Next steps for Sustainability and Transformation Plans (STPs)

The next few years are going to be an exciting time in primary care. Sustainability and Transformation Plans (STPs) are at the heart of changes that patients, GPs, practice managers and primary care commissioners have been wanting for years: a shift from acute hospitals to primary and community care.

The pressures on the NHS are well documented. Not least, people are living longer with more complicated health issues. They don’t necessarily need emergency care, but more often than not they end up in hospital receiving expensive care for health issues that potentially could be significantly cheaper to treat through primary and community care. Once in hospital it can be extremely difficult to get patients back home and into the care of their local communities.

We’ve been watching the STPs process with great interest, and from our conversations with many primary care professionals, we are seeing genuine optimism that STPs will deliver much better, local services for patients.

Challenges for STPs

However, the process hasn’t been without some significant challenges. Compared to when the GP Forward View was first published in October 2014, there has been a sharp decline in financial and operational performance and many are wondering where the funds needed to implement STPs will come from. Currently most of the additional funding identified in the 2015 Spending Review is being used to keep services afloat, not to deliver transformation.

What options are available for creating the healthcare infrastructure needed to deliver care close to home? How will primary care providers cope with a significant increase in services?

In the medium to long term, new care models have the potential to address financial and operational pressures. By increasing services delivered through primary and community care NHSE will save money; reducing expensive acute visits and reducing demand for services with early intervention. But investment is needed now to build the infrastructure to deliver financial and operational savings in the future.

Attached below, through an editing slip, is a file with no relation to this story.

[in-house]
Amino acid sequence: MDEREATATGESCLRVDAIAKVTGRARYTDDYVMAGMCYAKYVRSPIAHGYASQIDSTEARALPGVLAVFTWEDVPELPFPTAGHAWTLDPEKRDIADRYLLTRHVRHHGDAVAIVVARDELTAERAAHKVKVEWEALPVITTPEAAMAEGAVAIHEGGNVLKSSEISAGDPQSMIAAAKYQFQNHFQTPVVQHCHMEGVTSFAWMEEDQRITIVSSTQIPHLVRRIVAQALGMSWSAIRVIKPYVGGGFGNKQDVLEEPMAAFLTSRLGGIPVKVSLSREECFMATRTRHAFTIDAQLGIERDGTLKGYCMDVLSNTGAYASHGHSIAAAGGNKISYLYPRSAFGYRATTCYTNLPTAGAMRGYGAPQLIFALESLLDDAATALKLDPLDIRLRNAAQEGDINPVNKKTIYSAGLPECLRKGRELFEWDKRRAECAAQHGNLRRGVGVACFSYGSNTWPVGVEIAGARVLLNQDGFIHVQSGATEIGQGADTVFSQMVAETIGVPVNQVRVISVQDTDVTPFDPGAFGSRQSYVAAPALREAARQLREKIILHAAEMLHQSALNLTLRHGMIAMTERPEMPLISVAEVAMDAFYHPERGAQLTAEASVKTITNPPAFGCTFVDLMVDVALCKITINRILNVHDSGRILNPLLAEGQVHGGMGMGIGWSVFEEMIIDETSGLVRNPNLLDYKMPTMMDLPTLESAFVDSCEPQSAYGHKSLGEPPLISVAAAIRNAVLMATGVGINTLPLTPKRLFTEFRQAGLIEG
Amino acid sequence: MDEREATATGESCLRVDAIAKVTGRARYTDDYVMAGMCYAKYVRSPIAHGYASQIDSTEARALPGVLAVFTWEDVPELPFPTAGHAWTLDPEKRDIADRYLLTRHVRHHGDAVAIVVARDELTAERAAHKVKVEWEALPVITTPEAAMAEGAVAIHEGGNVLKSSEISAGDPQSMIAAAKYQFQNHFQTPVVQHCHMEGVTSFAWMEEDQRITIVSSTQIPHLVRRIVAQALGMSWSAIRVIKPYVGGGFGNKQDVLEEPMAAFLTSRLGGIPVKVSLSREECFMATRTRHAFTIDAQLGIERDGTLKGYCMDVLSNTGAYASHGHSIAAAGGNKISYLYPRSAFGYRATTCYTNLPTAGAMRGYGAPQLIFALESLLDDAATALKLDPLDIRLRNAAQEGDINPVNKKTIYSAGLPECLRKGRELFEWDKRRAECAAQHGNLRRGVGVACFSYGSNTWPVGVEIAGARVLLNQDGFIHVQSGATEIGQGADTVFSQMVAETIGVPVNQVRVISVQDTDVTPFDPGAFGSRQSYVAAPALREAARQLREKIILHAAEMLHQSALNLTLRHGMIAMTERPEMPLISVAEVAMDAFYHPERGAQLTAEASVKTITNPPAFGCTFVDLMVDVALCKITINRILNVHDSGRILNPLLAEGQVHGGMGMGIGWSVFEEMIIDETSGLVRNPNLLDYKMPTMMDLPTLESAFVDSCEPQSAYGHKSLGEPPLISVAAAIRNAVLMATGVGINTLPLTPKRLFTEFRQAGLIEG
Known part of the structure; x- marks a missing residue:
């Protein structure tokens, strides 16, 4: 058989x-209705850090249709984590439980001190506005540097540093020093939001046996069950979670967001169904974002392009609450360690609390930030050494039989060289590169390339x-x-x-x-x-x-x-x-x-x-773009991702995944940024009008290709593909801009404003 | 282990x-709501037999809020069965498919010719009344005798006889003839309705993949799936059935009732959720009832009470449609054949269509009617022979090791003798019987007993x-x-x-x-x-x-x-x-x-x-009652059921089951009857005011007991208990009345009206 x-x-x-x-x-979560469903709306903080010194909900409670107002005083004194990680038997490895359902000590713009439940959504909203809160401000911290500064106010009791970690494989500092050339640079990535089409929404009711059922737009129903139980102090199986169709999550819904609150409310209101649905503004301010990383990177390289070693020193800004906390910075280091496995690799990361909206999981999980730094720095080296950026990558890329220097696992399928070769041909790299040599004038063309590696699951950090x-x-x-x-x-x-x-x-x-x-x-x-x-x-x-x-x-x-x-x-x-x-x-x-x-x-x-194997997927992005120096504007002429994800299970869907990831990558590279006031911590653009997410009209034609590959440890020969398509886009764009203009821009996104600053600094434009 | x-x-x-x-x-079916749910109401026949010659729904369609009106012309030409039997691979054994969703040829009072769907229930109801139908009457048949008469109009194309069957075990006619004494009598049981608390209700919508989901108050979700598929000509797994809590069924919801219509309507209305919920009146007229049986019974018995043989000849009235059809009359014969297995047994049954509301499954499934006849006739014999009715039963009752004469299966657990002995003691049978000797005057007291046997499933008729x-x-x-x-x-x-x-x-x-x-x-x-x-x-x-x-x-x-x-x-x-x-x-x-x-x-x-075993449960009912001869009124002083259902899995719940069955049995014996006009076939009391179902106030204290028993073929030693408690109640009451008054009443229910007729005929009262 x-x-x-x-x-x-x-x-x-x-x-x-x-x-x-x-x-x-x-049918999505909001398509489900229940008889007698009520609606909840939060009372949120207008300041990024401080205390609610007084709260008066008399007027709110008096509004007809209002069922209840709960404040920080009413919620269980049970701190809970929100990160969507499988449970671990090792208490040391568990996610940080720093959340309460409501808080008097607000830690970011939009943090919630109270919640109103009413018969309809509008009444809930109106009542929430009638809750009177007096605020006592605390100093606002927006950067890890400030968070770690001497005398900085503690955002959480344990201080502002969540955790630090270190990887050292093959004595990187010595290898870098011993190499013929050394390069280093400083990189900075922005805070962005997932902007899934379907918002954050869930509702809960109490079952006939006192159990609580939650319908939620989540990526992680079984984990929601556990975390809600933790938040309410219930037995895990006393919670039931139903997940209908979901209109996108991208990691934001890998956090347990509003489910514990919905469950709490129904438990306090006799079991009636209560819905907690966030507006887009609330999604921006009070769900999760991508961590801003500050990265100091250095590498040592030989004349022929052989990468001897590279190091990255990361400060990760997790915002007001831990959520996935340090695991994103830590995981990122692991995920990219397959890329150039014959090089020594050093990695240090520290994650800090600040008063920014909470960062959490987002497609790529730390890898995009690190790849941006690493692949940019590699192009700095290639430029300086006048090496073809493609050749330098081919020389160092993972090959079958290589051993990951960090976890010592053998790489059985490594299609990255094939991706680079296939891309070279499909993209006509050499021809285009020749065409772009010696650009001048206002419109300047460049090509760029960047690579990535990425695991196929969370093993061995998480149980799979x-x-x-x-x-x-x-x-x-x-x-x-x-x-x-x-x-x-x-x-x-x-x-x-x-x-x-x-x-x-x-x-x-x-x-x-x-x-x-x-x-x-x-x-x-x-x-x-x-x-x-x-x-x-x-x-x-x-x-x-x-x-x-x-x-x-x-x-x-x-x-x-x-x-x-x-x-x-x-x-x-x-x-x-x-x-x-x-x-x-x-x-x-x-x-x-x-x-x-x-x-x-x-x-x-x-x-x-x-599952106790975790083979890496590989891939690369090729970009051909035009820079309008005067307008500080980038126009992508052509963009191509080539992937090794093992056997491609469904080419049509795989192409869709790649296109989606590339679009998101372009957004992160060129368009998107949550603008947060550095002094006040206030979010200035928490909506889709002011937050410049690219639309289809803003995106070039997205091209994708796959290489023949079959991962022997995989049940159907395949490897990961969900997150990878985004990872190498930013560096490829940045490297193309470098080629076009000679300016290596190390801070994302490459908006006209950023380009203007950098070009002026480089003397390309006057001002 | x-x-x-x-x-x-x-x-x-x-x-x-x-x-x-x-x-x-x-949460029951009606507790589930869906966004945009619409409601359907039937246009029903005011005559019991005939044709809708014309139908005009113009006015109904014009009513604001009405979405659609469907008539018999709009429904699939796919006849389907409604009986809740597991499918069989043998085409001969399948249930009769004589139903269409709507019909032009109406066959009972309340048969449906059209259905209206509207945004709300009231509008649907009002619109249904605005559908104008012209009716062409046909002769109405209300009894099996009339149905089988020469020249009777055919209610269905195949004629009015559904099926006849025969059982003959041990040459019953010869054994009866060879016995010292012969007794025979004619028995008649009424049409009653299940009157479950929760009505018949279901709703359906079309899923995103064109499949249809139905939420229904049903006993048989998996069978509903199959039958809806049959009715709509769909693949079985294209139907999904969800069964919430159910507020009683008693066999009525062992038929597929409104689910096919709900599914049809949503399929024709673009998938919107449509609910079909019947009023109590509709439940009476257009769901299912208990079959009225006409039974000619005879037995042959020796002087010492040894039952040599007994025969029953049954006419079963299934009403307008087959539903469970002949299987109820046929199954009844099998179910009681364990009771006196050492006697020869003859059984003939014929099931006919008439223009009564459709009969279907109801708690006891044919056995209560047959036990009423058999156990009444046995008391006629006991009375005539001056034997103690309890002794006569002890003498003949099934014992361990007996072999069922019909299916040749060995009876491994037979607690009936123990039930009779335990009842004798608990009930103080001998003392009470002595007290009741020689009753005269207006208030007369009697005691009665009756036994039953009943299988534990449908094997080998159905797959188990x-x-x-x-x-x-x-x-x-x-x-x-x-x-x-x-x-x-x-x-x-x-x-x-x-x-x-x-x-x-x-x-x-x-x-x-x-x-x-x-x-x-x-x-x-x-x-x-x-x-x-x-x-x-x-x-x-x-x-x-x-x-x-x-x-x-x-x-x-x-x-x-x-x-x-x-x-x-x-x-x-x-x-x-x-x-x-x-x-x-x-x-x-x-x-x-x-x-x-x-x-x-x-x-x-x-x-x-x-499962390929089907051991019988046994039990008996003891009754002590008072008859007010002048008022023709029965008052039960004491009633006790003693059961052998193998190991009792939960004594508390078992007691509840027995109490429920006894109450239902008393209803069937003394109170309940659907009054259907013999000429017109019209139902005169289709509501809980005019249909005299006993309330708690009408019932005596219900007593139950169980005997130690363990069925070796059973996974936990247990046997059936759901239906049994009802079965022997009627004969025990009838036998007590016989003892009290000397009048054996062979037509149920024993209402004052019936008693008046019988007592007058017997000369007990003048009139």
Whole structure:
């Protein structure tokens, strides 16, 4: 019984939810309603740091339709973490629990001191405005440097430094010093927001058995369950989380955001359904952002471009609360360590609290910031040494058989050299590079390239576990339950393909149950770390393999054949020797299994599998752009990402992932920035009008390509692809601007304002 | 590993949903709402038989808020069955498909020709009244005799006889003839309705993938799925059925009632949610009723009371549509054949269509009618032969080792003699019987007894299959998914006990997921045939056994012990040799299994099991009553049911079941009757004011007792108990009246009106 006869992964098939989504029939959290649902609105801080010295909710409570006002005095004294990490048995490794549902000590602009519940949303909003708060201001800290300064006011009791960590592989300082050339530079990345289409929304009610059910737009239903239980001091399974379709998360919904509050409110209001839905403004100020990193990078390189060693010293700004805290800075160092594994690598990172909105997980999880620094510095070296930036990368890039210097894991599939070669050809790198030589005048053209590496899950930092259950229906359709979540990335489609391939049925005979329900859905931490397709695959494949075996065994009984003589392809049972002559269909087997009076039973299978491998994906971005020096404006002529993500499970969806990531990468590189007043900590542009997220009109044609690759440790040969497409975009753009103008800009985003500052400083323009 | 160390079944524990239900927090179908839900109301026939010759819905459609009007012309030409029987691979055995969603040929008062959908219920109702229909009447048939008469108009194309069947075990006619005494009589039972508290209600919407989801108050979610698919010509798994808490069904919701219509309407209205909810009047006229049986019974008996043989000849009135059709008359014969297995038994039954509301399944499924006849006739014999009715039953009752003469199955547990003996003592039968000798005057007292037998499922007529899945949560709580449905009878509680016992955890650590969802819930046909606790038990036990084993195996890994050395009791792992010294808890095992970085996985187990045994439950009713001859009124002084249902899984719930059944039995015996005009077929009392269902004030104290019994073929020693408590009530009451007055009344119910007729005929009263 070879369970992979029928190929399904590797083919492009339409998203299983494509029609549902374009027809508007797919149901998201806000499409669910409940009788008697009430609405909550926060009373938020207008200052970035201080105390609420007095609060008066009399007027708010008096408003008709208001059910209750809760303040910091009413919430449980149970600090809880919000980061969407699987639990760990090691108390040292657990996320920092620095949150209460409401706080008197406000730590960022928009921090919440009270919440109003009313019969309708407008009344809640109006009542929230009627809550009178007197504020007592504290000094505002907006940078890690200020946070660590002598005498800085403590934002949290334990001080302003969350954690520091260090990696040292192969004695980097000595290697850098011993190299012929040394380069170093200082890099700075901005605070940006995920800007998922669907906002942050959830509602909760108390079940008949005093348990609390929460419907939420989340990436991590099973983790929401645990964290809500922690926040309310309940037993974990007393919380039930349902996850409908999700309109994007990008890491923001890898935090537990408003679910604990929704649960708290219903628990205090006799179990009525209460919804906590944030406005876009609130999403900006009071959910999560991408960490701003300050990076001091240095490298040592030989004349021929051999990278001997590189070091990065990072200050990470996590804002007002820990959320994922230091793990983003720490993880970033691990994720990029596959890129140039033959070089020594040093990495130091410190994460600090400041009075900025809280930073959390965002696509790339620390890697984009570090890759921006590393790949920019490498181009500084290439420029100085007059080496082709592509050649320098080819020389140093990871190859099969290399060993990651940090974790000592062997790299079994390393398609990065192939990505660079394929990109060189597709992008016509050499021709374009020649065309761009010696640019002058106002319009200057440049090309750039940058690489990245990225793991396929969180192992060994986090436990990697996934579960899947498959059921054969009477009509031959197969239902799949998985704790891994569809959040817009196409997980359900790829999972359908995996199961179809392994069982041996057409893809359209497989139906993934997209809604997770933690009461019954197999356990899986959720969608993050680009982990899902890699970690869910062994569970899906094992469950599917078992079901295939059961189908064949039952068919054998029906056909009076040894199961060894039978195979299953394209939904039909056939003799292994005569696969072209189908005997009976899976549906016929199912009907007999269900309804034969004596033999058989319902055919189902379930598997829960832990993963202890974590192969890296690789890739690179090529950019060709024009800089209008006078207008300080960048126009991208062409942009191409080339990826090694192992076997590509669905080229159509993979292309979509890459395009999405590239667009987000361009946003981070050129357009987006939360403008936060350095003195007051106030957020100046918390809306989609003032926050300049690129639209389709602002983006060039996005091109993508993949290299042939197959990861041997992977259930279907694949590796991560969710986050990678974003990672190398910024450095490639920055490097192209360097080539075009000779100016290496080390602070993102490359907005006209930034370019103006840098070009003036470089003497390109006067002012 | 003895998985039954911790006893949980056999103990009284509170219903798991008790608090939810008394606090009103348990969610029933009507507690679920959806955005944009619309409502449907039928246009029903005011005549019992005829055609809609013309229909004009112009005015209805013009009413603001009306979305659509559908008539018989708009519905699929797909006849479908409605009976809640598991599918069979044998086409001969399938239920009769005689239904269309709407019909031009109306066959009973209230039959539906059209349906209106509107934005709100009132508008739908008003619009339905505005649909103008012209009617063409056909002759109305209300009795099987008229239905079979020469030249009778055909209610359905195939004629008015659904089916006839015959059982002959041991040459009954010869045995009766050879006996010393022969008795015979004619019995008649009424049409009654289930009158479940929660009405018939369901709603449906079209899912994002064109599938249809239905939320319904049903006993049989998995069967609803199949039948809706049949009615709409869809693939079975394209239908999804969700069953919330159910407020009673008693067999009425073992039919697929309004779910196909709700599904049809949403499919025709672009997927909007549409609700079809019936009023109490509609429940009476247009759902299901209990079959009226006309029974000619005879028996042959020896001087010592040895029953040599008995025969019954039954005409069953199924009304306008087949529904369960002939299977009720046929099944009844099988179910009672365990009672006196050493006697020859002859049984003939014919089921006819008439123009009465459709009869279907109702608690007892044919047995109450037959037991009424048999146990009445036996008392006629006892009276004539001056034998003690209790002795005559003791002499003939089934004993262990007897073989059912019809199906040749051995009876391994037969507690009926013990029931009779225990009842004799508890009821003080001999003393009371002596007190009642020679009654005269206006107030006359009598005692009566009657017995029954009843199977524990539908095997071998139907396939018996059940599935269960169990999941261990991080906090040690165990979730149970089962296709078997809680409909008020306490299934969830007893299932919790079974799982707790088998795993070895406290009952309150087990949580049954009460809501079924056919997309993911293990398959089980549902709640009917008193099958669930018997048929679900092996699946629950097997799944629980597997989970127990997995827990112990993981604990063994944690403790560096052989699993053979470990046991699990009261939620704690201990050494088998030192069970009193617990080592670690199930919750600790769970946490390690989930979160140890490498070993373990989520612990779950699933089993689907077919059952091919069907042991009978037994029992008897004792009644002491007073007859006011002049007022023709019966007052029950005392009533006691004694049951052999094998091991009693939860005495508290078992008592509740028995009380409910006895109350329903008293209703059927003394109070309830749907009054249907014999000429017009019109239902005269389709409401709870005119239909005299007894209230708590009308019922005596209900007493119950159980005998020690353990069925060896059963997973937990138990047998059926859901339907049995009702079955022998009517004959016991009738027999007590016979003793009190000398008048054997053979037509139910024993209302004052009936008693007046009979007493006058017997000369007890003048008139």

While it is anticipated that under the STP process the level of spend will increase to about 11% of NHSE budget – more than a 50% rise in the amount of spend currently available – how will this money will be diverted from acute / secondary care to primary and community care?

A recent King’s Fund report analysing all 44 STPs, warns that without extra investment, moving care closer to home is not ‘credible’ when hospitals are already running at full capacity. That said, the report does state that ‘STPs offer the best hope for the NHS and its partners to sustain services and transform the delivery of health and care.’

Of course there are opportunities to press ahead by using resources that are already in the community more effectively. 50 ‘vanguards’ have taken the lead on the new care models and are already seeing results: including reductions in A&E use and unscheduled hospital visits.

STPs and healthcare infrastructure

Some infrastructure changes could also be implemented now. In fact, much of the planned changes to the delivery of services cannot be achieved without significant infrastructure redesign and development. Delaying this work could result in a deterioration of patient care as STP footprints transition to new care models.

In many cases, fragmentation of estate ownership is a barrier to the successful implementation of STPs. Most of the 44 STPs identify the need to improve facilities, or invest in new premises to deliver services.

As there is a significant push towards moving healthcare provision into primary care, General Practice estate is fundamental to the success of most STPs. However, GP estate is generally not owned by NHS organisations within STP footprints. Typically, premises are owned by the GP practice or leased from a private landlord; and funded by the NHS (General Medical Services – Premises Costs) Directions 2013.

With funding pressures, many STP areas are exploring alternative ways of funding GP premises, looking for healthcare investment from the private sector as well as the NHS England’s Estates and Technology Transformation Fund (ETTF).

Getting the infrastructure in place early will be a key factor in how healthcare professionals, and patients, adopt STPs and access new care models in the future.

 

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